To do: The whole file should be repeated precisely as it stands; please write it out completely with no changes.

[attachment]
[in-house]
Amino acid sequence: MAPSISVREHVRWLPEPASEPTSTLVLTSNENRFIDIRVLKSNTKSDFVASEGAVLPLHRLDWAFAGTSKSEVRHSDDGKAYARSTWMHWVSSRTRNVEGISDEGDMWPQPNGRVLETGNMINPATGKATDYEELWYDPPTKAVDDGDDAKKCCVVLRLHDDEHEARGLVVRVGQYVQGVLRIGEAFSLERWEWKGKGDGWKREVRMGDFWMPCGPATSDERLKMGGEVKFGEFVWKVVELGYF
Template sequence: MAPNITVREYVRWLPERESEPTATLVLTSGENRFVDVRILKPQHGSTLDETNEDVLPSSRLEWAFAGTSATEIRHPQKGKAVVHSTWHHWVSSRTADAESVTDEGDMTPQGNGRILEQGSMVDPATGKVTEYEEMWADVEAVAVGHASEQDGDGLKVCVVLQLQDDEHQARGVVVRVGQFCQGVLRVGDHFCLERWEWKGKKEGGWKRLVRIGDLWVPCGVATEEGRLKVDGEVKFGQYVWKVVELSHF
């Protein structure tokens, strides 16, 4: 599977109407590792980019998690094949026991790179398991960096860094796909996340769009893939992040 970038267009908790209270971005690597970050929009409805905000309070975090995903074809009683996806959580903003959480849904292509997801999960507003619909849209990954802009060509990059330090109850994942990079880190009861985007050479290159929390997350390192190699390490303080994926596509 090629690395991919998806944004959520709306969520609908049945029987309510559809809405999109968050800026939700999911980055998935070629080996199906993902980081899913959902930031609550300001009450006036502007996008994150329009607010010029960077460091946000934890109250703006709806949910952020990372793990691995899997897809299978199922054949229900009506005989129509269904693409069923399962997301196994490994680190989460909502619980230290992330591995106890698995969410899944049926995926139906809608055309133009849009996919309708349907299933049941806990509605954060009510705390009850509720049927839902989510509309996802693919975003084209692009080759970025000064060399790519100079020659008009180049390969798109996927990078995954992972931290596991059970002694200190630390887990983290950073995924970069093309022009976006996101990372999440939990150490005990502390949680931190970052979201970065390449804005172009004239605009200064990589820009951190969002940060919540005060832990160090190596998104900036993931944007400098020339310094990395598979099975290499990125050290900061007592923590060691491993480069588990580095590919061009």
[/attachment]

[in-house]
Amino acid sequence: MAPSISVREHVRWLPEPASEPTSTLVLTSNENRFIDIRVLKSNTKSDFVASEGAVLPLHRLDWAFAGTSKSEVRHSDDGKAYARSTWMHWVSSRTRNVEGISDEGDMWPQPNGRVLETGNMINPATGKATDYEELWYDPPTKAVDDGDDAKKCCVVLRLHDDEHEARGLVVRVGQYVQGVLRIGEAFSLERWEWKGKGDGWKREVRMGDFWMPCGPATSDERLKMGGEVKFGEFVWKVVELGYF
Template sequence: MAPNITVREYVRWLPERESEPTATLVLTSGENRFVDVRILKPQHGSTLDETNEDVLPSSRLEWAFAGTSATEIRHPQKGKAVVHSTWHHWVSSRTADAESVTDEGDMTPQGNGRILEQGSMVDPATGKVTEYEEMWADVEAVAVGHASEQDGDGLKVCVVLQLQDDEHQARGVVVRVGQFCQGVLRVGDHFCLERWEWKGKKEGGWKRLVRIGDLWVPCGVATEEGRLKVDGEVKFGQYVWKVVELSHF
């Protein structure tokens, strides 16, 4: 599977109407590792980019998690094949026991790179398991960096860094796909996340769009893939992040 970038267009908790209270971005690597970050929009409805905000309070975090995903074809009683996806959580903003959480849904292509997801999960507003619909849209990954802009060509990059330090109850994942990079880190009861985007050479290159929390997350390192190699390490303080994926596509 090629690395991919998806944004959520709306969520609908049945029987309510559809809405999109968050800026939700999911980055998935070629080996199906993902980081899913959902930031609550300001009450006036502007996008994150329009607010010029960077460091946000934890109250703006709806949910952020990372793990691995899997897809299978199922054949229900009506005989129509269904693409069923399962997301196994490994680190989460909502619980230290992330591995106890698995969410899944049926995926139906809608055309133009849009996919309708349907299933049941806990509605954060009510705390009850509720049927839902989510509309996802693919975003084209692009080759970025000064060399790519100079020659008009180049390969798109996927990078995954992972931290596991059970002694200190630390887990983290950073995924970069093309022009976006996101990372999440939990150490005990502390949680931190970052979201970065390449804005172009004239605009200064990589820009951190969002940060919540005060832990160090190596998104900036993931944007400098020339310094990395598979099975290499990125050290900061007592923590060691491993480069588990580095590919061009």